Olivia Griffin

'Twas the Night Before Student Teaching

Tomorrow is my first day of student teaching at Jones College Prep .  I cannot believe that this moment that I have spent over three years preparing for is already here.  It is exciting, but it is also slightly terrifying. 

Still, I know that DePaul has prepared me well.  I have spent the past two years observing in high school English classrooms throughout CPS.  I have spent the past three years reading and writing my own teaching philosophy.  And I have spent most of my life brushing up on my knowledge of American and British Literature, the writing process, and the nuances of grammatical structure.  I am ready.   

But am I?  It is crazy to think that last week I wrapped up my last set of classes as a full-time student (don’t get me wrong, I am still working on those finals, but still!).  How can I be finished with classes when I feel that there is still so much for me to learn!  Luckily, I will spend the rest of my life in a classroom learning from my students as much as I hope that they learn from me.        

I am excited for the opportunity to put my skills to the practical test and begin my transition into adult life.  I know that these 11 weeks will certainly fly by and that I will be sitting in Wintrust Arena with cap and gown on before I know it.  I am going to try and just take it day by day and I will be bringing you along with me.  So be prepared to enter the whirlwind that is the teacher lifestyle—it won’t disappoint!   


Let's Talk Resumes

The resume, a critical document that presents concise information about who we are as workers, is one page of writing that people spend years building and perfecting. Resumes can vary so much depending on the person, their major, and the position that they are seeking. They can range in design and organization and more obviously in their specific content details.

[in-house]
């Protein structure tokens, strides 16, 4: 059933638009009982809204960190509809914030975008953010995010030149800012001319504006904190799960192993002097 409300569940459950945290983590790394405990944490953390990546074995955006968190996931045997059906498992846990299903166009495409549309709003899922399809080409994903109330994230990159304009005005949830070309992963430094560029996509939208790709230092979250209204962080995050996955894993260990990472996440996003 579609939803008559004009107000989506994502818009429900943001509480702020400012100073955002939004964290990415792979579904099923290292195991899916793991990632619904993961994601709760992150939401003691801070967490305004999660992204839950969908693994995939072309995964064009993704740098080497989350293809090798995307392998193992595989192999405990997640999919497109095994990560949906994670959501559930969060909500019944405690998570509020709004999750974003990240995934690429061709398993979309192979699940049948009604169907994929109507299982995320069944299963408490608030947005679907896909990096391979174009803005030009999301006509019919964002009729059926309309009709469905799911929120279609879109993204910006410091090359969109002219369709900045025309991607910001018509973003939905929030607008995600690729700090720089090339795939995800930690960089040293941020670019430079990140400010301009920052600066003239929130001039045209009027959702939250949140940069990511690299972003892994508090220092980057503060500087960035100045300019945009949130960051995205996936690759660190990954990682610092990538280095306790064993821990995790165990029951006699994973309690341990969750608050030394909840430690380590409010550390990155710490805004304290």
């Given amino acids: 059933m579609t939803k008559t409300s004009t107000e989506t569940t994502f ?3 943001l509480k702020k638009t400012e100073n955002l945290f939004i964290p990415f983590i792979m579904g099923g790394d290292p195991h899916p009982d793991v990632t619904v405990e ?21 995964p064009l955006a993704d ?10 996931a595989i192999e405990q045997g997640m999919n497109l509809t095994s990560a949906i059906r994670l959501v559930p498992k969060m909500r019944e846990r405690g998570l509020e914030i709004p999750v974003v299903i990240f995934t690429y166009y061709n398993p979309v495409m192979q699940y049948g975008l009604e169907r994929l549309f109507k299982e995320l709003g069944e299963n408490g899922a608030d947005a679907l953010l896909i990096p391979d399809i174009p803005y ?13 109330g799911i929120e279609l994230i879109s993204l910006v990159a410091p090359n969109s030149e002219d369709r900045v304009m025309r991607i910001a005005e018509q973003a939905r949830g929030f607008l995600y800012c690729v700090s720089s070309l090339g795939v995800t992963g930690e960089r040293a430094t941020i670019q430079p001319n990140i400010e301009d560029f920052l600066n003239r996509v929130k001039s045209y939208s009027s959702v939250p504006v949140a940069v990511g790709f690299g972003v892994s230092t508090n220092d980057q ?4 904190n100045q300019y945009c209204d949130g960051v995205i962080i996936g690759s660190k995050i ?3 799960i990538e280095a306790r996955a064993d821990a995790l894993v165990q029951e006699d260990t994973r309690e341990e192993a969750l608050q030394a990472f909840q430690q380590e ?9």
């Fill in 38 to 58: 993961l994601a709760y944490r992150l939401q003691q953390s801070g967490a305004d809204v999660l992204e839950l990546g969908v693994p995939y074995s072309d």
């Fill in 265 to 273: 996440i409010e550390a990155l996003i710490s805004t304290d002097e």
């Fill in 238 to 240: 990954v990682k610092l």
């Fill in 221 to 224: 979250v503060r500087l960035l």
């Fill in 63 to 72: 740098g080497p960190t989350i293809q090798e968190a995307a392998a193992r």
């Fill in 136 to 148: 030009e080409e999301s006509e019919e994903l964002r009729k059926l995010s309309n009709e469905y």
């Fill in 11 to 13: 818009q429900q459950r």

But they all have the same purpose: to convince employers to hire the candidate by capturing their attention and urging them to continue reading his or her resume when they could be spending their time reading someone else’s. The structural features that are expected and essential to every resume allow those reading it to better understand the person who wrote it. Resumes are broken down into specific sections, given labels, and identified by unique formatting patterns.

As a senior this year, I have spent an absurd time thinking about resumes and obsessing over tweaking my own.  But luckily, I am not alone in this extremely overwhelming endeavor!  I not only have my peers to bounce ideas and formatting questions off of, but I also have the University Center for Writing-based Learning and the Career Center where I can make appointments to talk specifics.

As I have written about before, the University Center for Writing-based Learning ​offers a variety of appointment types, which can be helpful when you are trying to schedule time out of your busy life.  All tutors maintain their own updated resume, are equipped with assisting with specific word choice and basic formatting, and can always help catch those stubborn little grammatical errors.